35 Years of Betty Blue: Still Fighting the Demons

    Béatrice Dalle stars in the YSL Fall 21 campaign and is once again reminiscent of her infamous character in Jean-Jacques Beineix’ 1986 cult classic Betty Blue. Time for a flashback.

    Betty walks in through the door of a shabby beach shack, dressed in some sort of blue apron-dress that is barely covering her breasts, accompanied by red lips and a daring smile. The ocean, the beach and the sky are her only companions. Playing with a sheer pink scarf in her hands she walks towards her boyfriend. “Alors? How do you find me?”, she asks before allowing him to see what’s underneath the apron. The cinéma du look came into full swing.

    The story is a mix of crime, road trip and psychological drama. 19-year-old wild child Betty is in love with a 30-year-old handyman and aspiring writer Zorg (Jean-Hugues Anglade). They live in a beach bungalow and “have sex every day”, as the famous opening sequence suggests. But the good times can’t last. Betty’s idealism and fiery, uncompromising nature forces them to practically run away. But there is no clear destination, and with that, they never fully arrive anywhere. Until one of them has to go.

    Betty’s character has been inextricably entwined with Dalle ever since. Her wild past and controversial private life gave her a well deserved Enfant Terrible status. Dalle became an instant star. As she is battling invisible demons in that YSL Fall 21 campaign to Mozart’s Requiem Lacrimosa, one cannot help but be reminded of Betty acting out in despair.

    Initially, the film received mixed reviews. Roger Ebert criticised director Beineix for making a movie that is rather “for and about Dalle” by making her “boobs and behind” the centrepiece of the film. In other words, the film is supposedly only a testament to Dalle’s untamed sexuality.

    The polished look of the film with its vibrant 80s styling provoked some to label the cinéma du look as a genre that prefers style over substance. Hard to argue with that since the genre is in the name. Even though Betty Blue has been frequently reduced to its nudity, Beineix is presenting us a sombre subject matter, wrapped in either ferocious energy or complete numbness.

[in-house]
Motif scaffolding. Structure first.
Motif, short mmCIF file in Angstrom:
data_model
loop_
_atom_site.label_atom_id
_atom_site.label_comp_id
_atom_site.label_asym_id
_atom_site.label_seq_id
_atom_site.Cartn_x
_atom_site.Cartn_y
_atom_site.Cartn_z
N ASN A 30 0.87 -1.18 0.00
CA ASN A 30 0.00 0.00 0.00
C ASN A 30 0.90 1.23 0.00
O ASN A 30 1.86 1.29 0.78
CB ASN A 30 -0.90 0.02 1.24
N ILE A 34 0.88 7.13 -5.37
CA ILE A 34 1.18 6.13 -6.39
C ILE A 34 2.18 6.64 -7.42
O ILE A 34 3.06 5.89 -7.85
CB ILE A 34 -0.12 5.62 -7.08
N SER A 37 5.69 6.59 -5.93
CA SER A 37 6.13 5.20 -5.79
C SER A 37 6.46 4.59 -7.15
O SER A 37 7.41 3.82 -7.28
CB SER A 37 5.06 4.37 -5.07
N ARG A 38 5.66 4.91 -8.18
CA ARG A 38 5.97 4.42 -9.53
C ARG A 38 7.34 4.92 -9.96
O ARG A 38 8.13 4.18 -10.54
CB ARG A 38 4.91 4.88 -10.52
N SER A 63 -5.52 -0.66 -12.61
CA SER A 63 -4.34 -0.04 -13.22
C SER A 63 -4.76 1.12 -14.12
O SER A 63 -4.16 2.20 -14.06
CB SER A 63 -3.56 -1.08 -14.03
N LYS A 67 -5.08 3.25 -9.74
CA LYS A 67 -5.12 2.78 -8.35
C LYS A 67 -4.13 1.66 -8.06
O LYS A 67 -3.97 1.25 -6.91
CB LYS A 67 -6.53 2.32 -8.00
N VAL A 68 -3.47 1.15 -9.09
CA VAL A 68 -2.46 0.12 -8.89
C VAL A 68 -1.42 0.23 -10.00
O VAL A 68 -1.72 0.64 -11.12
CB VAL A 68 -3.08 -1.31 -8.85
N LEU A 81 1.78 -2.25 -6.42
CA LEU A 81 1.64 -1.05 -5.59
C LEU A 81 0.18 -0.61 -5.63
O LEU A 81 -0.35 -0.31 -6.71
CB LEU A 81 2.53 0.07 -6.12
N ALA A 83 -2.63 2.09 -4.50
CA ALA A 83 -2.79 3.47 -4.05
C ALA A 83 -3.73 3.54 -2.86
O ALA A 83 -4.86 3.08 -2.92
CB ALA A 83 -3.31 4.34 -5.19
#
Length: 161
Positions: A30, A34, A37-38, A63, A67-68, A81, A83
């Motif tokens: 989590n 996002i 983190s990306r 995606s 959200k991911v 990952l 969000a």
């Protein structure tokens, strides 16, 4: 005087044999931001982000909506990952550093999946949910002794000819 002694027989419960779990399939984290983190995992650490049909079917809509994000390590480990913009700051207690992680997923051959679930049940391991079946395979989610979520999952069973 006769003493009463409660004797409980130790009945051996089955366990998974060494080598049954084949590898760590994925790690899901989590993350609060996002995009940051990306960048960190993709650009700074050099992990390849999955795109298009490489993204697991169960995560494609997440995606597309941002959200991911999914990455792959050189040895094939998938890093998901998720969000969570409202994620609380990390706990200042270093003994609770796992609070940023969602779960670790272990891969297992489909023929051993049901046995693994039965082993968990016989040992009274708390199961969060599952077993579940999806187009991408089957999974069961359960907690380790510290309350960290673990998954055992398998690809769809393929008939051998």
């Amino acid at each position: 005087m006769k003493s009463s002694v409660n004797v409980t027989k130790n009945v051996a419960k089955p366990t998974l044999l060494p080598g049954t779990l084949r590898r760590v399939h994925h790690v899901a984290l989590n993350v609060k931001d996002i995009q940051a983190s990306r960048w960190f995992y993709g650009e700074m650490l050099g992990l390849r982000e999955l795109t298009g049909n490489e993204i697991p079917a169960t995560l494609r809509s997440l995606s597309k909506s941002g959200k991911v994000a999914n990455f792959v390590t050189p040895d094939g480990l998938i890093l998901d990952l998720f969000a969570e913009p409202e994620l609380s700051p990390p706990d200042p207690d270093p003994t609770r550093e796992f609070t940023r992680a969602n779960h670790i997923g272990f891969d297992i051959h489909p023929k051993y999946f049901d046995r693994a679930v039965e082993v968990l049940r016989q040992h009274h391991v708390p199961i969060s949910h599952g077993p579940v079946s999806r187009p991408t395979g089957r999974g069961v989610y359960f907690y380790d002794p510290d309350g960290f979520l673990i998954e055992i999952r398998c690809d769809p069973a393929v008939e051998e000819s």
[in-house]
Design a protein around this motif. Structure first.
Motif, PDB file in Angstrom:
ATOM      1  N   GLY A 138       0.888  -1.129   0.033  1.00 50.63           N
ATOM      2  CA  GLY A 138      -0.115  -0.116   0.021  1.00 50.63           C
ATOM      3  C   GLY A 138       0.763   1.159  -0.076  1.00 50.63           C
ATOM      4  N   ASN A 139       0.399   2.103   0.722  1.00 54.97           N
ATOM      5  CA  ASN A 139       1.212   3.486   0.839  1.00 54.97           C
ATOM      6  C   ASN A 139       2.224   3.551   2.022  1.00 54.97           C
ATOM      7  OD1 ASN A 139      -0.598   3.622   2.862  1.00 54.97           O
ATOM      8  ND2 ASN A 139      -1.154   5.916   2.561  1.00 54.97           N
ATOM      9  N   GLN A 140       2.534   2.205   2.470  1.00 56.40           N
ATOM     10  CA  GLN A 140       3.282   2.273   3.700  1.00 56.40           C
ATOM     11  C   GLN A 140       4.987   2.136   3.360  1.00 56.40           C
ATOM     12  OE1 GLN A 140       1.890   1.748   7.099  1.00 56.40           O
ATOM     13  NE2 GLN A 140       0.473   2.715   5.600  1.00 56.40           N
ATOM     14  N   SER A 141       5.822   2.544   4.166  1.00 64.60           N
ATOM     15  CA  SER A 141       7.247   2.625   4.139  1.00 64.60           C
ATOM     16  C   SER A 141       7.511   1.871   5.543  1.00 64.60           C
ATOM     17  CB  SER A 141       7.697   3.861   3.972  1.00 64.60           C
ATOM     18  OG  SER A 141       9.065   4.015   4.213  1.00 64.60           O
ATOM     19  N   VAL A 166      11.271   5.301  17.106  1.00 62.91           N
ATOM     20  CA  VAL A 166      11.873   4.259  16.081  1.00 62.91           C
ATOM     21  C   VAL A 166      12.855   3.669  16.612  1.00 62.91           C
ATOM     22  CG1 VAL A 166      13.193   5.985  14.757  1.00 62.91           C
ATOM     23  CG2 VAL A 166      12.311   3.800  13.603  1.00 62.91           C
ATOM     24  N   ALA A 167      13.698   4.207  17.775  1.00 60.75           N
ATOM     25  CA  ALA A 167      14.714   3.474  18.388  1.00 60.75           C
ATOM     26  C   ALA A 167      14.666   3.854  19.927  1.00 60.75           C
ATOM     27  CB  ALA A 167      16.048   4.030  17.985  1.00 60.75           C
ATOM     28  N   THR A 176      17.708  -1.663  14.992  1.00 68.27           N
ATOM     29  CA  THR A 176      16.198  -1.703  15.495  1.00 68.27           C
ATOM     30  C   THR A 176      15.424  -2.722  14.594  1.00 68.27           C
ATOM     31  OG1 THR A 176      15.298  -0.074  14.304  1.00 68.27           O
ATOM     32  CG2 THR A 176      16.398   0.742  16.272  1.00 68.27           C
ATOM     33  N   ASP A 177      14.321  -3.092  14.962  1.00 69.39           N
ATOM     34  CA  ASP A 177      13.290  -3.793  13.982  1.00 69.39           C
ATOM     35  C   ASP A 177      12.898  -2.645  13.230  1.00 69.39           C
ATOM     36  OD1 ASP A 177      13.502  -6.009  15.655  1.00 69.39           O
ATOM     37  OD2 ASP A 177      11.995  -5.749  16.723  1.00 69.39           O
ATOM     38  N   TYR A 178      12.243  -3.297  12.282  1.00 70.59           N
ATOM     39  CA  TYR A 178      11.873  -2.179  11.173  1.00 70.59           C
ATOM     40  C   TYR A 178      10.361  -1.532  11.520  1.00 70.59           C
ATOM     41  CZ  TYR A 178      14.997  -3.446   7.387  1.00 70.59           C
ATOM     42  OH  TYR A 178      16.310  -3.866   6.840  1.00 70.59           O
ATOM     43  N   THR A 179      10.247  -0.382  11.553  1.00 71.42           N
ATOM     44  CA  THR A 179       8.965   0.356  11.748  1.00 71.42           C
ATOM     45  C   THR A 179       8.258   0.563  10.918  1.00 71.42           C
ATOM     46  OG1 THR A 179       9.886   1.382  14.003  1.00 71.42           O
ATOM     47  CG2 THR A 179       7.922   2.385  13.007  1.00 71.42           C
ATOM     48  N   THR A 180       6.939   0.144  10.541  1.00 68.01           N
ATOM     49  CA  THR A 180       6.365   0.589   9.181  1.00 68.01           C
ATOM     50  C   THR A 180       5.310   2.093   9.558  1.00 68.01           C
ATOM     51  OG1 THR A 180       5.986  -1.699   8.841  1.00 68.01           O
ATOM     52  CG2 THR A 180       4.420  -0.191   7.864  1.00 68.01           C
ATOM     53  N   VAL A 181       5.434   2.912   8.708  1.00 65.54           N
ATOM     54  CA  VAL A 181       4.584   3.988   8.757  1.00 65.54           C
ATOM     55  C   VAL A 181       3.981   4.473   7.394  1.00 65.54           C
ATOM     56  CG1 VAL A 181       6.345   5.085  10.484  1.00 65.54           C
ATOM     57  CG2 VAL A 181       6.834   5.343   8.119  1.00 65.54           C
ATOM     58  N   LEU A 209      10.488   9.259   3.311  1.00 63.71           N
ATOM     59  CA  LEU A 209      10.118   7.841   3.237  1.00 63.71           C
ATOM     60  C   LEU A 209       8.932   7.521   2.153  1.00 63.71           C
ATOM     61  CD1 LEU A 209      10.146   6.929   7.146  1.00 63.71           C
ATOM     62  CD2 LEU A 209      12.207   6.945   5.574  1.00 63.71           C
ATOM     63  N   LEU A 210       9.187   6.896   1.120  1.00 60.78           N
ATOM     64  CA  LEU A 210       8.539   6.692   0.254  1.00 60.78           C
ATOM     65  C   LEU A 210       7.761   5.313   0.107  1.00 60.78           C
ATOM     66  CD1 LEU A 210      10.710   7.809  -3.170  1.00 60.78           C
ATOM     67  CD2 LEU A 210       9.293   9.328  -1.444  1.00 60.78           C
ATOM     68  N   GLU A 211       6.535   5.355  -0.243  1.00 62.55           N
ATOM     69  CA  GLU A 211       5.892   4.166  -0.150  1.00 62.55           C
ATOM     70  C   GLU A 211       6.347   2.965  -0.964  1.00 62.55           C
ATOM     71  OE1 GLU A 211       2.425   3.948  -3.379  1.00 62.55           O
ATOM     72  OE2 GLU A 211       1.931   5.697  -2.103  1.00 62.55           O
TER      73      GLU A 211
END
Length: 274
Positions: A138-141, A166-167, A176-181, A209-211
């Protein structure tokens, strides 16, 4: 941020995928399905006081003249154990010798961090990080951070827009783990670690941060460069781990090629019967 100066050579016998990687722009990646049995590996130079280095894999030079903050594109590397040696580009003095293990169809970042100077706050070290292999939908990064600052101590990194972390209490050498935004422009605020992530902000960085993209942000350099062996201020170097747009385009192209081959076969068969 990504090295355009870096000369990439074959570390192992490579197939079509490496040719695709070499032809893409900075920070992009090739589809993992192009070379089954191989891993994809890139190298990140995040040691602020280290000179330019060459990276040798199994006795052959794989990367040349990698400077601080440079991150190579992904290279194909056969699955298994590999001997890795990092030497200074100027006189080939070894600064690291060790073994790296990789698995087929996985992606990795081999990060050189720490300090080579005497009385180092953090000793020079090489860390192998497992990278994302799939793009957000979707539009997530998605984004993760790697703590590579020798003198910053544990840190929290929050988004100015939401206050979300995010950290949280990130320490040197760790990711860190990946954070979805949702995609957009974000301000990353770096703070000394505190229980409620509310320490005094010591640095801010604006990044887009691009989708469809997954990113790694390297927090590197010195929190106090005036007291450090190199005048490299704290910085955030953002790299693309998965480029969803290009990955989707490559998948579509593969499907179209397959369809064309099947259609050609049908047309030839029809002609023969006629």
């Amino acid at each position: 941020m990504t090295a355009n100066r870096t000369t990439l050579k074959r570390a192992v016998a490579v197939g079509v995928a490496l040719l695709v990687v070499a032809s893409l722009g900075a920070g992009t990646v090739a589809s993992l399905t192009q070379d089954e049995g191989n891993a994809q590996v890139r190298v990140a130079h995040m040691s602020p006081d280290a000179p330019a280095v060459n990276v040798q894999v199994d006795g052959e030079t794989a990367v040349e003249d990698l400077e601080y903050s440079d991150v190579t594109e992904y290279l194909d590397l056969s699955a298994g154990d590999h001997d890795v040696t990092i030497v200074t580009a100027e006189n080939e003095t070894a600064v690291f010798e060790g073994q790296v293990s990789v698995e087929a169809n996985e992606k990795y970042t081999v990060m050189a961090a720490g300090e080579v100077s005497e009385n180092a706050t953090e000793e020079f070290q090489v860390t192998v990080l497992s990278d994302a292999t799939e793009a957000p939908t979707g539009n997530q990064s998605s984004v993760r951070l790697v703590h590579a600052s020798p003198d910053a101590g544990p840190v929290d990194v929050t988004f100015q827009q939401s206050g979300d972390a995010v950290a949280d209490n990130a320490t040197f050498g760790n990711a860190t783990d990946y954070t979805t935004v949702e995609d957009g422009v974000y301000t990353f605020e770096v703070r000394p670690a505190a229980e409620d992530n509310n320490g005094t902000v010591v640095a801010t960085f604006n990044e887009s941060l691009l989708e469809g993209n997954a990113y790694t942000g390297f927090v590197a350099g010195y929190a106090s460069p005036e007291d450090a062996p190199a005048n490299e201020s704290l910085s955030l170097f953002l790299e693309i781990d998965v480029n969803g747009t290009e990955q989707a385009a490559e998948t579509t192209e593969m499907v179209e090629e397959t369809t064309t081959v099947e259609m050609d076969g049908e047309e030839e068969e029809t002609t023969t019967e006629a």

Betty’s struggles entice almost every action in this film. It is a story about the inability of finding oneself and find one’s place in society. We think we are witnessing a sincere whirlwind romance full of heated exchanges and the restrictions society imposes on the couple individually. But soon we are forced to see them as separate entities, simply latching onto each other. Their obsessive love for one another is crippled by its emptiness. As Betty’s emotional and mental turmoil increases, Zorg fails to see her for who she is. His only option is to chase her while she remains dependant on him. Betty is unwilling to deal with anything that is not going her way and turns her sorrow into a destructive force of nature. Zorg is irrationally devoted to her and tries everything he can to find a place for them to live happily in peace but it never lasts. His help is restricted to the outside world as he has no access to Betty. She dreams up a lonely house in the country and immediately feels suffocated once they arrive. Betty’s emptiness inside is what she craves on the outside, only to find that kind of life impossible. Neither Zorg nor Betty can truly live their personalities out in the open. Zorg’s writing has been labelled offensive and Betty’s stylised sensuality is only covering a deep-lying mental crisis. Her sexiness is a mere bystander that does not serve her.

    Their helplessness and confusion is equally reflected in some sort of gender swap, in which Betty starts wearing his clothes and Zorg dresses up as a woman to visit Betty in hospital. Eventually, Zorg liberates himself in order to be the writer he wanted to be. In the end, there is no place for Betty to exist.

    While the story remains a debatable one, Betty Blue still mesmerises with its bold colours and iconic stylistic choices. They keep us entertained while watching a young woman gradually deteriorating.

    Of course is Dalle’s handyman look with her perfectly messy bob, head to toe covered in bright pink paint worthy of any fashion look. As she’s lounging braless in a tight red dress on a yellow car “warming her ass”, she is inviting everyone to look at her: The cinéma du look has its heroine. Her alluring demeanour is only interrupted by her innocent smile sporting a tooth gap. Dalle became everyone’s favourite movie girlfriend with that explosive mix of being too cool for school, yet as pure as a cartoon character. She is unattainable but which teenager couldn’t relate to at least the idea of her struggle?

    Their apartment in the village is oozing classic french antique vibes, an inspiring contrast to the sleazy beach bungalow or old hotel room the couple has occupied before. Even Betty’s make-up is dramatically reflective of her state of mind.

    Zorg’s toned and slender body is equally stylised and constantly in movement, keeping up with Dalle’s eye-catching performance. As he tries to accommodate his girlfriend as much as he can, he runs and fights and rushes through the film, always sweating, always quick witted, and always one step behind Betty. Zorg’s invincible dynamism keeps the story going and brings the couple from one place to another until he has no choice left but to stop running.

    Betty Blue remains a one of a kind classic and a style reference albeit a peculiar one. An unexplainable sadness lingers throughout the film yet whether the focus lies on Betty’s body remains with the spectator.

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